Serious business

“Spiritual quests are serious business.”

That, my friends, is just another thought. If we can’t laugh at our meditation efforts, then we are, in effect, taking the position that a genuine look at life requires us to cut ourselves off from life, at least the parts that contain laughter and ridicule.

Can this possibly be true? Life is laughter. Life is serious. And life is sublimely ridiculous.

Get Fuzzy, Nov 26, 2013

See the full panel at Get Fuzzy (Nov 26, 2013) on GoComics.

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Simply be

Robin sent this comment, “Over the weekend I rediscovered a relaxation/meditation app on my phone and did a 10-minute session guided by the voice (with choice of nature sounds in the background!). It was pretty basic, but one turn of phrase that caught me was ‘Let go of any trying, simply be.'”


(FYI Robin tells me that the app is called ‘Simply Being’ and is available on iTunes)

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A sound practice

Tricycle magazine sends me a daily email. Today’s message contained this wonderful suggestion,

“One specific method for practicing mindfulness of body sensations is to focus your attention on sounds. Sounds, like everything else, arise and pass away. Just by listening, you can experience the insight of impermanence…”

The author of these words was Sylvia Boorstein, a longtime meditation teacher/author in the Bay area. Her instructions for being attentive to sounds, which first appeared in Tricycle, Fall 1999, go like this,

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Training a puppy

“A Path with Heart” by well-known meditation teacher and author, Jack Kornfield, was one of my first meditation guides. Here is an excerpt on patience and gentleness (from Ch. 5, “Training the Puppy”):

Meditation is very much like training a puppy. Put the puppy down and say, “Stay.” Does the puppy listen? It gets up and it runs away. You sit the puppy back down again. “Stay.” And the puppy runs away over and over again. Sometimes the puppy jumps up, runs over, and pees in the corner or makes some other mess. Our minds are much the same as the puppy, only they create even bigger messes. In training the mind, or the puppy, we have to start over and over again.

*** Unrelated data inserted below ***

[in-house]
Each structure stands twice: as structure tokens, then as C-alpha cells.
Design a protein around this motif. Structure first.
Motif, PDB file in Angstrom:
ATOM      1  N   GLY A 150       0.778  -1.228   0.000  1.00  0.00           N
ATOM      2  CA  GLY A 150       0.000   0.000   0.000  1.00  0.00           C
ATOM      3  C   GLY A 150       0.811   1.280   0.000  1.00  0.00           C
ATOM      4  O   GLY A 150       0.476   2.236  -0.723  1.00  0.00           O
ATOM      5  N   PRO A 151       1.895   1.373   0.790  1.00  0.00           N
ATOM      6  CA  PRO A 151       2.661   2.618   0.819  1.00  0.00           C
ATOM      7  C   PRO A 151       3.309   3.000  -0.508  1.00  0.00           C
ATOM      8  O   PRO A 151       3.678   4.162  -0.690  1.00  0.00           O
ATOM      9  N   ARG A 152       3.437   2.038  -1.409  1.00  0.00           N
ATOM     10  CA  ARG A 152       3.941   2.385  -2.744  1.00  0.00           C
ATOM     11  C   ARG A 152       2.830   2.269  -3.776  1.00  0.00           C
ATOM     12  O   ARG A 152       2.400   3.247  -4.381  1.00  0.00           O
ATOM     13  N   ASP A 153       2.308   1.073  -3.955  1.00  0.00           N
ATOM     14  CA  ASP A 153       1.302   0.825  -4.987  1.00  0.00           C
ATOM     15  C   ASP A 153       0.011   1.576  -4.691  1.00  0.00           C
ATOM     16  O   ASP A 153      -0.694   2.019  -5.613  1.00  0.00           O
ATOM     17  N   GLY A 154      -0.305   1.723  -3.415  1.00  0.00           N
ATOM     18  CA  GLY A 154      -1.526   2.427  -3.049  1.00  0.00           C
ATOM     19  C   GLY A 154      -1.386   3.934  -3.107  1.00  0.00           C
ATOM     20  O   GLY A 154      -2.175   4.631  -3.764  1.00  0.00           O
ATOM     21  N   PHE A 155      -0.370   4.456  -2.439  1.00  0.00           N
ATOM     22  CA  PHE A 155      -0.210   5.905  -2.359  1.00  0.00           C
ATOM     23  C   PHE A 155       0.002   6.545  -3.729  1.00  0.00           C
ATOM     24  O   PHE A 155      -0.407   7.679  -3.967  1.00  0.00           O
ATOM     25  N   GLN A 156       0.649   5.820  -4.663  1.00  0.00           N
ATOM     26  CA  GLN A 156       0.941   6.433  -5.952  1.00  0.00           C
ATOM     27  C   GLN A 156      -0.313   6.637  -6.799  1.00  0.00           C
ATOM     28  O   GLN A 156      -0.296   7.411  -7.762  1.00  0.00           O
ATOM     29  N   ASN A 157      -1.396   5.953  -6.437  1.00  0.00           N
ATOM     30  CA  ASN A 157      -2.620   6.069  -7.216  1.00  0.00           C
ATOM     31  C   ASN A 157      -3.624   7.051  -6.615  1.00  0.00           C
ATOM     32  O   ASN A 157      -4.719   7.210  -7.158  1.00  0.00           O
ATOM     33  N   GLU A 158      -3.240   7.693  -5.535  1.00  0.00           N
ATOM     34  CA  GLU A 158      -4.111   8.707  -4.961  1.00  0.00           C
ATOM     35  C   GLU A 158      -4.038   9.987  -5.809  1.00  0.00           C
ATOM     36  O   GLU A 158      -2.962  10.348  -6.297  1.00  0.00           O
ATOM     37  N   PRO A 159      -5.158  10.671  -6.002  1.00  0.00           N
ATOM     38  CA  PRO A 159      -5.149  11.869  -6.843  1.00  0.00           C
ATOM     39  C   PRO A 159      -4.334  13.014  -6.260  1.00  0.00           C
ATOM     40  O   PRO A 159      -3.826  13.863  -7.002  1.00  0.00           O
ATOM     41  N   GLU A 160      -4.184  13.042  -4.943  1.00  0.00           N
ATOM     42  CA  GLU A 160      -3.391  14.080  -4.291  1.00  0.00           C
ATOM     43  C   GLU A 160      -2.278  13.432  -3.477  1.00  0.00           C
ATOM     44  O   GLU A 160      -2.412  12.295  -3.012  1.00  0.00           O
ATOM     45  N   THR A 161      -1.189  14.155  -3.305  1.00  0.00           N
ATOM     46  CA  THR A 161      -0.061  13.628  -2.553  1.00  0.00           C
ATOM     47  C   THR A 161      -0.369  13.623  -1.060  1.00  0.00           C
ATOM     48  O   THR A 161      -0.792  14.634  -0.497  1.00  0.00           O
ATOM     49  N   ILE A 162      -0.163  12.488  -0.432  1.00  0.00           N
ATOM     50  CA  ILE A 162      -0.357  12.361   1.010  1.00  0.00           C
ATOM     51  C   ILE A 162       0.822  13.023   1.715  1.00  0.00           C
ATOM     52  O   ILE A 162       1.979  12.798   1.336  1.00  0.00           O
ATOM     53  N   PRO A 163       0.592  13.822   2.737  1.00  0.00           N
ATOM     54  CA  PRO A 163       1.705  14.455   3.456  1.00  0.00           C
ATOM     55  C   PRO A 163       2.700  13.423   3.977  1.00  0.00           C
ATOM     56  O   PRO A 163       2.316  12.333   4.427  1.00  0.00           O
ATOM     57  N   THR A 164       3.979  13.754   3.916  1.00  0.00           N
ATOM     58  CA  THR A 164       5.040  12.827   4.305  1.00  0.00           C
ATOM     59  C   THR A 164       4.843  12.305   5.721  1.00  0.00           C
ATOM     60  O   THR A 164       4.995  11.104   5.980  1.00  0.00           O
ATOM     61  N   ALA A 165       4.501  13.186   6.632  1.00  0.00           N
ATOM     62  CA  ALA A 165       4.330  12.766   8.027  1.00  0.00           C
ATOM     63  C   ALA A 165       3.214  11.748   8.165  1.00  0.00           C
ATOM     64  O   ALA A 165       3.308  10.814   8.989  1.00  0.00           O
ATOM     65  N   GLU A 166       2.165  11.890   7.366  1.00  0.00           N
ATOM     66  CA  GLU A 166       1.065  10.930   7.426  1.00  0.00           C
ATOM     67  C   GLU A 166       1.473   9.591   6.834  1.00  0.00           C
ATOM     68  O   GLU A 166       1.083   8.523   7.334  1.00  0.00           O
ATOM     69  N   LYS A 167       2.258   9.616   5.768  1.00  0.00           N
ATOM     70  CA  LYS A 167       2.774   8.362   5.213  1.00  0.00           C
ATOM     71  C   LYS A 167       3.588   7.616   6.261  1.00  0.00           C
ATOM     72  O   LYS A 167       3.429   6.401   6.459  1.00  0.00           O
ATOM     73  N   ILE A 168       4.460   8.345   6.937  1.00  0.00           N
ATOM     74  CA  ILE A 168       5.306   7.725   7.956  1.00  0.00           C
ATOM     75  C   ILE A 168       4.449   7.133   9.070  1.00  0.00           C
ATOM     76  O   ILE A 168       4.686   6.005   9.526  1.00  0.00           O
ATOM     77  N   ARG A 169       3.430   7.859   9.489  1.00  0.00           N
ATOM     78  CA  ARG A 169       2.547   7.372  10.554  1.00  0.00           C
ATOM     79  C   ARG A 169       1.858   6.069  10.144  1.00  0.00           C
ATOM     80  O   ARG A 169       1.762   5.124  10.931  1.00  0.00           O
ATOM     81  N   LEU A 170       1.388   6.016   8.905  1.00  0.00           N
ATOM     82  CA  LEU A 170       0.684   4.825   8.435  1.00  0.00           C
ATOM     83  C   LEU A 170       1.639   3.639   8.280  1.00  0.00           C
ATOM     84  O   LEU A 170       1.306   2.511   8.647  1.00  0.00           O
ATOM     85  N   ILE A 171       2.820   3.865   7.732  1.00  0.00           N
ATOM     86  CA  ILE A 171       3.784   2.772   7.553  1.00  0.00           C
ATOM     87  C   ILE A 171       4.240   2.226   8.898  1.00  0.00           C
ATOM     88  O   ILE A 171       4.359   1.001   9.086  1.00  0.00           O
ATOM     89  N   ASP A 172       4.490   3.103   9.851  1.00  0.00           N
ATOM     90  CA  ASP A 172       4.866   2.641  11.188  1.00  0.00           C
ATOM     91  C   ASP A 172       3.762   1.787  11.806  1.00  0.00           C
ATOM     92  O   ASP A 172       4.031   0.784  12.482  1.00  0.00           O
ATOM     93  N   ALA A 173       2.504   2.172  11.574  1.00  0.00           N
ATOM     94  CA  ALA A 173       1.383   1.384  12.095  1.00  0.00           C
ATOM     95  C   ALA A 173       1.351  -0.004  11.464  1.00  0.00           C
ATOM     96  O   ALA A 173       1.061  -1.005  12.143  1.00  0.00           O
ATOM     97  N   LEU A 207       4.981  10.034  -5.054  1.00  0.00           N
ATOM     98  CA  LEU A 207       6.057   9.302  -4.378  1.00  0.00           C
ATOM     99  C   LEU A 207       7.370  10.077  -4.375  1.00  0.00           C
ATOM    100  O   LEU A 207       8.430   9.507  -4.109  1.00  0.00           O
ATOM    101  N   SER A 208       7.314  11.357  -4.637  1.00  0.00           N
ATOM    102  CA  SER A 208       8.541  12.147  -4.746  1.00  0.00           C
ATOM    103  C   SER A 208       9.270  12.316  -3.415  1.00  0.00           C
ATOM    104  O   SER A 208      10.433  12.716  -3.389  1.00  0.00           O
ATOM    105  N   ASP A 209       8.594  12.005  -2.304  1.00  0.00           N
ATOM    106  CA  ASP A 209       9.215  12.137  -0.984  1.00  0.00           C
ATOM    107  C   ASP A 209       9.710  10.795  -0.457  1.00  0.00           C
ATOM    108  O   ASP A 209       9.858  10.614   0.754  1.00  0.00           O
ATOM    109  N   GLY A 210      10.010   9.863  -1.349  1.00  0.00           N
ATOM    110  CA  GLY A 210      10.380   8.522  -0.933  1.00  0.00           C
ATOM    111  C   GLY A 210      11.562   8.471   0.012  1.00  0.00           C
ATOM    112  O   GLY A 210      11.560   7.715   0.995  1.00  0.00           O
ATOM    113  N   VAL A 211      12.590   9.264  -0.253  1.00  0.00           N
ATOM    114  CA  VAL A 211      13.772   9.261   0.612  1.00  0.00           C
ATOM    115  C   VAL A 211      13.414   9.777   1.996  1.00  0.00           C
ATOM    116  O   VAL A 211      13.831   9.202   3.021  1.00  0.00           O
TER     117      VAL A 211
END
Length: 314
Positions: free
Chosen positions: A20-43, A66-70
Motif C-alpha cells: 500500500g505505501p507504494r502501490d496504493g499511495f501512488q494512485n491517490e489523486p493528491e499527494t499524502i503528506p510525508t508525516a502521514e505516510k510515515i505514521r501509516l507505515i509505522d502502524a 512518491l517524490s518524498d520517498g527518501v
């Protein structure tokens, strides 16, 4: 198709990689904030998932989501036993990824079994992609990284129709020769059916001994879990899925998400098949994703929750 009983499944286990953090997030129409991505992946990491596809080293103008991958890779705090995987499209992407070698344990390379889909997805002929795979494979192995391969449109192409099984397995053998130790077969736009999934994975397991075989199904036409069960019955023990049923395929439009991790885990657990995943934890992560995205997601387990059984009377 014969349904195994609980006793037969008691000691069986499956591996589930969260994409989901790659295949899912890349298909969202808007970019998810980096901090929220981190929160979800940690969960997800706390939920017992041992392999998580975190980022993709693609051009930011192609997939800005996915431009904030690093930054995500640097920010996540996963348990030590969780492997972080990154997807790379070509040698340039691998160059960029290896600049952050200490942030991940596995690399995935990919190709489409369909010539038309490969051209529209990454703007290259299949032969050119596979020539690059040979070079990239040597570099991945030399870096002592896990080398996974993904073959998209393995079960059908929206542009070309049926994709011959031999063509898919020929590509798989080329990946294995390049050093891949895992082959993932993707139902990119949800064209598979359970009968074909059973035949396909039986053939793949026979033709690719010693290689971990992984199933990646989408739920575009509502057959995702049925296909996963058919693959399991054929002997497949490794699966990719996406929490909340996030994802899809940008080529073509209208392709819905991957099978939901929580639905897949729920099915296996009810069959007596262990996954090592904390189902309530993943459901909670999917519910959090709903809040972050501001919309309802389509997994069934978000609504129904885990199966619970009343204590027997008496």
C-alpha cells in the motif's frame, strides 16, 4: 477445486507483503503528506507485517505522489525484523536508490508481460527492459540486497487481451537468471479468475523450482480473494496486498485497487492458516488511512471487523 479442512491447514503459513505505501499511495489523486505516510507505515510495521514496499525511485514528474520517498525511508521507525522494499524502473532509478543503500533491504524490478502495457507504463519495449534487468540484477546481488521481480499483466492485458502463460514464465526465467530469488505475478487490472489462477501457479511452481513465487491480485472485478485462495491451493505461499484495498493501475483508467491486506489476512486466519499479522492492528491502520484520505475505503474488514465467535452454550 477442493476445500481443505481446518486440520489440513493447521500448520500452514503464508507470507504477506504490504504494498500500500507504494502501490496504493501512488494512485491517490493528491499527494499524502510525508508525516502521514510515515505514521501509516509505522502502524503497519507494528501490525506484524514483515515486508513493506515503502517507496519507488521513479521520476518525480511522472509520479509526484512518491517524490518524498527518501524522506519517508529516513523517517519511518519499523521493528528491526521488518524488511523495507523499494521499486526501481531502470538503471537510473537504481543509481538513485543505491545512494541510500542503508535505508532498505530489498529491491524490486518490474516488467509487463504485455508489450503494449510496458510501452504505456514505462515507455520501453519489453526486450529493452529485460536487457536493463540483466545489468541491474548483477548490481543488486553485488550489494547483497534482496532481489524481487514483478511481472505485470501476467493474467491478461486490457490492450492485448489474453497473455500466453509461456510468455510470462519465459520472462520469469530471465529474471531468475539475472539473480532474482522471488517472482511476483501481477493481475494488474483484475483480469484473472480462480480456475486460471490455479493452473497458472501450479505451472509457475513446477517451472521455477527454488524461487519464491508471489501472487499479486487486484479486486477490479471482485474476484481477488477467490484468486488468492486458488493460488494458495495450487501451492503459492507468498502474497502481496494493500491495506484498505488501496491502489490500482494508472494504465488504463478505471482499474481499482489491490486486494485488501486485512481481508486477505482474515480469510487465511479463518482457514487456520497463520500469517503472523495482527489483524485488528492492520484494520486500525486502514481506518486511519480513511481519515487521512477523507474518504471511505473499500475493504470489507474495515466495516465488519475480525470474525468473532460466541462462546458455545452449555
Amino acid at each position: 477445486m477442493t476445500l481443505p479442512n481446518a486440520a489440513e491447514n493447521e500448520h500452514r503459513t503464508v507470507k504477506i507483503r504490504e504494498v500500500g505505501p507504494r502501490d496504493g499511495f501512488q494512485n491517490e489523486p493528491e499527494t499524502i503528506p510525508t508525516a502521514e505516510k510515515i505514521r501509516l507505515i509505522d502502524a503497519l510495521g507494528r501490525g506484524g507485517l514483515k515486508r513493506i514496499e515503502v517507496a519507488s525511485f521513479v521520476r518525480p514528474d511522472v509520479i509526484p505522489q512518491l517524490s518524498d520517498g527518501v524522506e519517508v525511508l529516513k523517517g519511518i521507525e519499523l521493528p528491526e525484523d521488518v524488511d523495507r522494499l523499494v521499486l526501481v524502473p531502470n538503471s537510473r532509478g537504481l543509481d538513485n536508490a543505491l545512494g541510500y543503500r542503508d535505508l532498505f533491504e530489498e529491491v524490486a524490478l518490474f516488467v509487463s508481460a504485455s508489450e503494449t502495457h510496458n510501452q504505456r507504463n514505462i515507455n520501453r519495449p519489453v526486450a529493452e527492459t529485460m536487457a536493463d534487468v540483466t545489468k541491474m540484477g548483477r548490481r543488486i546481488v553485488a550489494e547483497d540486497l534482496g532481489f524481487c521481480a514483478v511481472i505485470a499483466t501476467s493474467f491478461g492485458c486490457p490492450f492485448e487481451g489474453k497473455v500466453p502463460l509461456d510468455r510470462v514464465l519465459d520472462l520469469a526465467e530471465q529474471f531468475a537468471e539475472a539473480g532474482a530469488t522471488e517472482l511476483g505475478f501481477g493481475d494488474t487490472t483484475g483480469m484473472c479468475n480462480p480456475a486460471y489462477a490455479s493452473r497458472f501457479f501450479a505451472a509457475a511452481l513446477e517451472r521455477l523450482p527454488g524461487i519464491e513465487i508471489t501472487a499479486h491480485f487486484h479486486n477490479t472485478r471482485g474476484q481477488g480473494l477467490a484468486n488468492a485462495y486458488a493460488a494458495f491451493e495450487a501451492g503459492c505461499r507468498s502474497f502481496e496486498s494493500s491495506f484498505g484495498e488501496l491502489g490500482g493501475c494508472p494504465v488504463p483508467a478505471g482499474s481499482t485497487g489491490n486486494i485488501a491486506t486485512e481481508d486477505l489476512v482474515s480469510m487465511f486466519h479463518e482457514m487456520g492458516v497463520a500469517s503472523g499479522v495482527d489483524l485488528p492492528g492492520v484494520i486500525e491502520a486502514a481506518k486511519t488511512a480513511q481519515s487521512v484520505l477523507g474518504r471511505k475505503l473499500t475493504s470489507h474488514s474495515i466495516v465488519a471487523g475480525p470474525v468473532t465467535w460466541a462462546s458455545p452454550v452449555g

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Rain, the Snow, and Moon

When I sit down to meditate I usually can’t help thinking “now I will do this, now I will try that.” These thoughts are usually followed by, “wow, this is working so well” or more often by, “will I ever get the hang of this?”

The busy mind that guides me through my day, the “do this, cross that off, and don’t forget to…” mind that helped me become a chemistry teacher is the same mind that sits with me during meditation. It is geared to accomplishments, reaching goals, solving problems, and perfecting the world’s flaws.

What I like about meditation, though, is the chance to do nothing and just observe. To see what my mind produces without actually trying to fix anything. To that busy, curious mind I say, “Thanks for the advice. And the warnings. What a good friend you are.” I smile. I sit.

Here’s a poem in this spirit from Ikkyū (1394-1481), a Japanese Zen priest and notorious rascal. ‘Law’ and ‘sutras’ refers to Buddhist rules of conduct, stories, and teachings.

Every day, priests minutely examine the Law
And endlessly chant complicated sutras.
Before doing that, though, they should learn
How to read the love letters sent by the wind and rain,
the snow and moon.

– in Tricycle magazine, Fall 2013

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There is space around every thought

I came across a lovely meditation instruction from Ajahn Sumedho (“Noticing Space” Tricycle Fall 95). Enjoy.

In the mind, we can see that there are thoughts and emotions—the mental conditions that arise and cease. Usually, we are dazzled, repelled, or bound by these thoughts and emotions. We go from one thing to another, reacting, controlling, manipulating, or trying to get rid of them. So we never have any perspective in our lives. We become obsessed with either repressing or indulging in these mental conditions; we are caught in these two extremes.

With meditation, we have the opportunity to contemplate the mind. The silence of the mind is like the space in a room. Take the simple sentence “I am” and begin to notice, contemplate, and reflect on the space around those two words. Rather than looking for something else, sustain attention on the space around the words. Look at thinking itself, really examine and investigate it.